How COVID-19 Can Affect Your Child’s Mental Health
“Humans are not meant to be lonely,” Stuckey says. “We are meant to feel connected and feel a sense of community.” Having to Zoom into geometry or meet a new baby cousin over FaceTime due to COVID-19 social distancing rules can have more far-reaching effects than might be immediately obvious. “Without the proper coping skills, resilience, and positive self-talk, a child is more apt to have suicidal ideation,” explains Stuckey. While technology can help your kid catch up with their BFF while staying socially distant, it can only mimic the fulfillment that in-person connections bring for a period of time.
Warning Signs of Suicidal Ideation
If you aren’t very familiar with suicidal ideation, you might not know what to look for if you’re concerned your child might be struggling. It’s important to remember that every kid can present differently when they’re experiencing these thoughts, but here are a couple of signs that something may be wrong.
First of all, pay close attention to any big changes in mood. It may be totally normal for your tween to be super grumpy all through breakfast but perk up around dinnertime. But if you can feel that something is off and they don’t seem like themselves, take note.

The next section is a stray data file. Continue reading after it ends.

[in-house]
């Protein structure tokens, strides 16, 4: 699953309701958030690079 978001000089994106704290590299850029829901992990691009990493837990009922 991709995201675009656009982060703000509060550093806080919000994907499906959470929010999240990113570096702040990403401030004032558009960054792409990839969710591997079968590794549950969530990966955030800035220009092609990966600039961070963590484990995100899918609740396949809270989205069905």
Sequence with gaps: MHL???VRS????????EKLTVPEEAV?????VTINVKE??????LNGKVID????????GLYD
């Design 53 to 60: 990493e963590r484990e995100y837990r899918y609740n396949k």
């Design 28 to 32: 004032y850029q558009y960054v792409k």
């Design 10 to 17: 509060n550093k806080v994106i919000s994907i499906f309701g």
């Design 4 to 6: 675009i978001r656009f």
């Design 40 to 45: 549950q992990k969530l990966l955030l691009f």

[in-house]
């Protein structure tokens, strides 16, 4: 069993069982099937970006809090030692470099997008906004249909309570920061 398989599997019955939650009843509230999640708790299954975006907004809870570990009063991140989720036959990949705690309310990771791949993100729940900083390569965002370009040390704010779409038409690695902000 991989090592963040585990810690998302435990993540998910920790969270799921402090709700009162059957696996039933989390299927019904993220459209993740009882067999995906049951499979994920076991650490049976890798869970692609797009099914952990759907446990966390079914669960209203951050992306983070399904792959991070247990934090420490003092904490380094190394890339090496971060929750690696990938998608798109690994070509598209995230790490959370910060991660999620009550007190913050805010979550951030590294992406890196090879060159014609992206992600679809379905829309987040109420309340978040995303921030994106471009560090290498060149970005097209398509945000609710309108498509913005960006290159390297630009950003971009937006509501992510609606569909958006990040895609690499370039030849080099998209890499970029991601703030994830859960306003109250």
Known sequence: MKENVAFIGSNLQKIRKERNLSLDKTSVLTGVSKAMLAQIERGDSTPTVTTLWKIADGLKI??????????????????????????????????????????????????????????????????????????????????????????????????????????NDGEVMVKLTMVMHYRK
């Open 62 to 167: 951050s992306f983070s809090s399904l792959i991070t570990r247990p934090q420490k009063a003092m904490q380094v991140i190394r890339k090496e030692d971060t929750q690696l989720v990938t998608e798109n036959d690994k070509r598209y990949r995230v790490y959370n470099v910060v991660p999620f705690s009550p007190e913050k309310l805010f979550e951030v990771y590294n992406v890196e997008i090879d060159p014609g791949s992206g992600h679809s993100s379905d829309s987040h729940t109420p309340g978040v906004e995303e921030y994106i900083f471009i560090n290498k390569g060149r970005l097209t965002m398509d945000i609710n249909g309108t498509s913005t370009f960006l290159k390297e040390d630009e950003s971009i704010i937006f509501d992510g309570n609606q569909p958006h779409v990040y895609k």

If your kid usually loves nothing more than jumping on the trampoline with their siblings or calling their friend to talk about their new favorite TV show, you should probably pay attention if they start distancing themselves from others. “Isolation, or as I like to [call it], Alone Time, is healthy and fine (and expected for teens) but sometimes it's too much and that can be a sign that things aren't right,” Stuckey says.
More intuitively, an increased interest in death or dying is probably something to pay attention to as well. And if your child expresses that they’ve been thinking about harming themselves or asks to talk with a therapist, be sure to find them the help they need.
It’s important to also remember that sadness, hopelessness, and anger aren’t the only emotions that may point to a suicidal state of mind. Someone who’s considering ending their life may also seem suddenly, uncharacteristically calm right before they intend to die by suicide.
How to Help Prevent Suicidal Ideation
Not sure what you can do to help? Stuckey suggests these tips for supporting your kid’s mental health.
- Lay the groundwork. One of the most important things you can do is build a strong relationship with your child.